On Wednesday I discussed why the end-of-year bonus practice should be ended. Then I read this post from Jill Geisler on Poynter.
Jill is speaking more to the problem of managers who believe “your paycheck is thanks enough,” but if her main point applies equally well to using cash bonuses as the “currency” of appreciation and recognition. She says:
“Your paycheck is your thanks” … is not uncommon. I hear about it from staffers and managers alike, those who complain about it and those who defend the philosophy.
“Here’s my take: It’s wrongheaded thinking. It’s counterproductive for the staff, the boss, and the organization. Make no mistake: paychecks are great. (Ask anyone desperate for one these days.) But they represent one half of a transaction, a baseline act of reciprocity. When I pay my cable or heating bill, I’m forking over what I owe; I’m not sending appreciation.”
That last sentence above (emphasis mine) is the heart of the matter. Cash is the currency of transaction. Cash is payment for services rendered. Cash should never be the currency of appreciation and recognition.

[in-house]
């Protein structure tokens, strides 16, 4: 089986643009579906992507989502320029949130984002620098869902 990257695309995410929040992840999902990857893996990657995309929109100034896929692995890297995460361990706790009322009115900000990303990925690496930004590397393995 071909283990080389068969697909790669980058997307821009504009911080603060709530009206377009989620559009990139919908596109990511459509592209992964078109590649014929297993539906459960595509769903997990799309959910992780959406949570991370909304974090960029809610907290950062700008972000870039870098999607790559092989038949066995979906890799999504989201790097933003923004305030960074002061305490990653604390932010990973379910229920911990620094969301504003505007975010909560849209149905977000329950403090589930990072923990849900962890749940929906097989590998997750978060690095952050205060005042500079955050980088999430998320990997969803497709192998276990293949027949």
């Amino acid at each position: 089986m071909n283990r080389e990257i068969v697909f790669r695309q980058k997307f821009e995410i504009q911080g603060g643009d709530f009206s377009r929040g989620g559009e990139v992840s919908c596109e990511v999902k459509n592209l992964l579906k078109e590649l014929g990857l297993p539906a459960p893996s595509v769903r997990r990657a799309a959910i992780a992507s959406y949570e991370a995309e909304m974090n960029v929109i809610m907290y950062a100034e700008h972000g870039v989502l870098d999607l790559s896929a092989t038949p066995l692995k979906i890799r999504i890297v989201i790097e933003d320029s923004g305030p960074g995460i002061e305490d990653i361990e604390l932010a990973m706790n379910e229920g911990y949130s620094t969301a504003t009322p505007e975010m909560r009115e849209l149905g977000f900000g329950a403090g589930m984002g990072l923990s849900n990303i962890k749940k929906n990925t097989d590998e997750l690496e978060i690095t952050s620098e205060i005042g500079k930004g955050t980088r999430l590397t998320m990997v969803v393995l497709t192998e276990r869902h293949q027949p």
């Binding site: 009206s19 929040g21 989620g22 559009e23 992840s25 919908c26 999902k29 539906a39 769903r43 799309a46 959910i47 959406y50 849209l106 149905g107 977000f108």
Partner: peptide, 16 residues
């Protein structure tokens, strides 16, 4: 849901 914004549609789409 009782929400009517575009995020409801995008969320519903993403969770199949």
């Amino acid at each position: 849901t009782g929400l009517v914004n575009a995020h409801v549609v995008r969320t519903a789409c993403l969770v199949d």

When cash is used for employee recognition, appreciation and reward efforts, it is easy for employees to not even realize they’ve received that recognition. Think about the last time you may have received a cash bonus in your paycheck. In today’s direct-deposit world, it’s not unusual to hear stories like this one I’ve related before:
“At my last company, I got a $500 bonus directly into my direct deposit account. From the time I left work to the time I arrived home, my wife saw that bonus in the bank account and went shopping with the girls. I never even saw it.”
That’s why you need a different currency and deliver method for recognition and appreciation than for compensation. But always, the most important bottom line in this discussion was put best by Jill in the Poynter article reference above:
“When it comes to employees and co-workers, appreciation matters.”
How does your organization, your manager – or you – express appreciation to your peers and colleagues? Is it memorable? Does it make you feel valued for your efforts and contributions? Or does it feel more like a simple transaction?
About Derek Irvine
The VP of Client Strategy and Consulting at Globoforce, Derek Irvine is one of the world’s foremost experts on employee recognition and engagement, helping business leaders set a higher vision and ambition for their organizations. As a renowned speaker and co-author of Winning with a Culture of Recognition, he teaches companies how to use recognition to proactively manage company culture. Derek holds a B.Comm and Masters of Business Studies from the Smurfit Graduate Business School at University College Dublin.